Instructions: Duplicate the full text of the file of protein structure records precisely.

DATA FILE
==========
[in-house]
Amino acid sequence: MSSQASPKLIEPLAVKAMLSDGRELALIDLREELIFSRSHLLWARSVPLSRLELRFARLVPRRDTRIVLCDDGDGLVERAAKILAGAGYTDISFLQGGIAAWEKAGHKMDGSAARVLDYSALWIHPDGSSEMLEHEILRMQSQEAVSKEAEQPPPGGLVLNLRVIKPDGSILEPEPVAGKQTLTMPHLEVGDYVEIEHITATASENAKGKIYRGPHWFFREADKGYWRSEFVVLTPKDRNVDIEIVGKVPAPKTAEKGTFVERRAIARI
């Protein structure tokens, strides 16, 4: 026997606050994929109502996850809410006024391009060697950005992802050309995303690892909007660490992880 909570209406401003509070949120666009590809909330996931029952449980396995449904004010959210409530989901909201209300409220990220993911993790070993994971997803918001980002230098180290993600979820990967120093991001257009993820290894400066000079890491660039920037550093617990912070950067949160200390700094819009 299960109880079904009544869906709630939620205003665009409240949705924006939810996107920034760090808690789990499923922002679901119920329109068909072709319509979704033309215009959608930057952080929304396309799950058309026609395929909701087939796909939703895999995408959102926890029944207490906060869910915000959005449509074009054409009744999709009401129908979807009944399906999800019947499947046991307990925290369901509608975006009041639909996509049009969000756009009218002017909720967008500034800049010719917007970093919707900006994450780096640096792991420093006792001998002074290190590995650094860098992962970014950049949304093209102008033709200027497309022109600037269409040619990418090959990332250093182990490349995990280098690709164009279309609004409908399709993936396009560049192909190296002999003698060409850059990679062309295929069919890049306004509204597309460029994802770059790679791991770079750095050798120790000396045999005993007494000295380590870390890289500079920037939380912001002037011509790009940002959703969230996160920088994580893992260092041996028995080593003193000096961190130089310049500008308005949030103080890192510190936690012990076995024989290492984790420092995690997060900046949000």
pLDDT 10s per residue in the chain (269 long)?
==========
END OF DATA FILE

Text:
[in-house]
Amino acid sequence: MSSQASPKLIEPLAVKAMLSDGRELALIDLREELIFSRSHLLWARSVPLSRLELRFARLVPRRDTRIVLCDDGDGLVERAAKILAGAGYTDISFLQGGIAAWEKAGHKMDGSAARVLDYSALWIHPDGSSEMLEHEILRMQSQEAVSKEAEQPPPGGLVLNLRVIKPDGSILEPEPVAGKQTLTMPHLEVGDYVEIEHITATASENAKGKIYRGPHWFFREADKGYWRSEFVVLTPKDRNVDIEIVGKVPAPKTAEKGTFVERRAIARI
């Protein structure tokens, strides 16, 4: 026997606050994929109502996850809410006024391009060697950005992802050309995303690892909007660490992880 909570209406401003509070949120666009590809909330996931029952449980396995449904004010959210409530989901909201209300409220990220993911993790070993994971997803918001980002230098180290993600979820990967120093991001257009993820290894400066000079890491660039920037550093617990912070950067949160200390700094819009 299960109880079904009544869906709630939620205003665009409240949705924006939810996107920034760090808690789990499923922002679901119920329109068909072709319509979704033309215009959608930057952080929304396309799950058309026609395929909701087939796909939703895999995408959102926890029944207490906060869910915000959005449509074009054409009744999709009401129908979807009944399906999800019947499947046991307990925290369901509608975006009041639909996509049009969000756009009218002017909720967008500034800049010719917007970093919707900006994450780096640096792991420093006792001998002074290190590995650094860098992962970014950049949304093209102008033709200027497309022109600037269409040619990418090959990332250093182990490349995990280098690709164009279309609004409908399709993936396009560049192909190296002999003698060409850059990679062309295929069919890049306004509204597309460029994802770059790679791991770079750095050798120790000396045999005993007494000295380590870390890289500079920037939380912001002037011509790009940002959703969230996160920088994580893992260092041996028995080593003193000096961190130089310049500008308005949030103080890192510190936690012990076995024989290492984790420092995690997060900046949000």
pLDDT 10s per residue in the chain (269 long)?